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Irish bread


All winter I’ve continued my experiments with bread pones. Though the method I use is like making biscuits, still I think the bread is more like Irish bread than anything else. Irish bread is a quick bread. It’s always brown (at least, all the Irish bread I’ve ever seen is brown). Irish bread can be made with a variety of types of flour. And Irish bread varies from day to day and from cook to cook. One of the interesting things about the food in Ireland, which is very good by the way, is sampling different cooks’ take on Irish bread. It might be served with butter as a starter. Or with soup. Or with a meal. It’s like biscuits in the American South — every cook’s version is different.

I’ve experimented with mixing generous amounts of almond meal into Irish bread, and it works very well. I have a hard time cooking with almonds. They’re hard, and if eaten whole I’m always afraid of breaking a crown or something. But, using something like a coffee grinder, fresh almonds grind into a nice, oily meal. The Irish bread above was made from King Arthur whole wheat flour, almond meal, flaxseed meal, coconut oil for shortening, and soybean milk. That’s a great mix of amino acids for improving the quality of protein — legume, seed, and nuts.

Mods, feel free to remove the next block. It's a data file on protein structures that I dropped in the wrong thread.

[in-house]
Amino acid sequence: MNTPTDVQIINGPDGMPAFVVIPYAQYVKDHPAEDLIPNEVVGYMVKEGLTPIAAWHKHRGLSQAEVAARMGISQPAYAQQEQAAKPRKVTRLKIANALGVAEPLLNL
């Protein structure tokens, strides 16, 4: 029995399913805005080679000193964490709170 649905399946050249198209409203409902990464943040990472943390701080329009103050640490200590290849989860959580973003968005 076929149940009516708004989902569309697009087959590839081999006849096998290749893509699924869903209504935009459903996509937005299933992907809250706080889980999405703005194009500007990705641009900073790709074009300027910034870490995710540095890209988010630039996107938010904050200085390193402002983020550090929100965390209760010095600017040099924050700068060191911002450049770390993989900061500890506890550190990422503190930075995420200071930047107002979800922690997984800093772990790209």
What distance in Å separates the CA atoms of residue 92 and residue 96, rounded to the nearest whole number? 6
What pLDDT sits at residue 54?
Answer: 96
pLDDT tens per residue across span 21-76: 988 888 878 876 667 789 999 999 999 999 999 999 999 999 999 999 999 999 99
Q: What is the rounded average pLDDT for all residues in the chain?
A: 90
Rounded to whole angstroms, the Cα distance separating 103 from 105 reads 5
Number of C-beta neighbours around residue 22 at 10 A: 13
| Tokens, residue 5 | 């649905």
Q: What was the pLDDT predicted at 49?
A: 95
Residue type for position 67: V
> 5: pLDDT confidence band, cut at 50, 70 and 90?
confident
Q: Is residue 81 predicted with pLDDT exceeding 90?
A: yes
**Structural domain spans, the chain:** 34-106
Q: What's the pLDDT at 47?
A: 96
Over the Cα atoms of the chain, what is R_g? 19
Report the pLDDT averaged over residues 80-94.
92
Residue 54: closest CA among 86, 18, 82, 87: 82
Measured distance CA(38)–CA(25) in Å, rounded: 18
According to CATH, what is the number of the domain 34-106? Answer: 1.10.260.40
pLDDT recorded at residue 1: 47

I have no way of measuring it, but I assume bread like this would be pretty low carb, for bread at least. And it’s high protein. Almonds are expensive, and probably not very fresh, if bought in little packages at the grocery store. But bought in bulk from places like Whole Foods, almonds are less expensive than a lot of meat.

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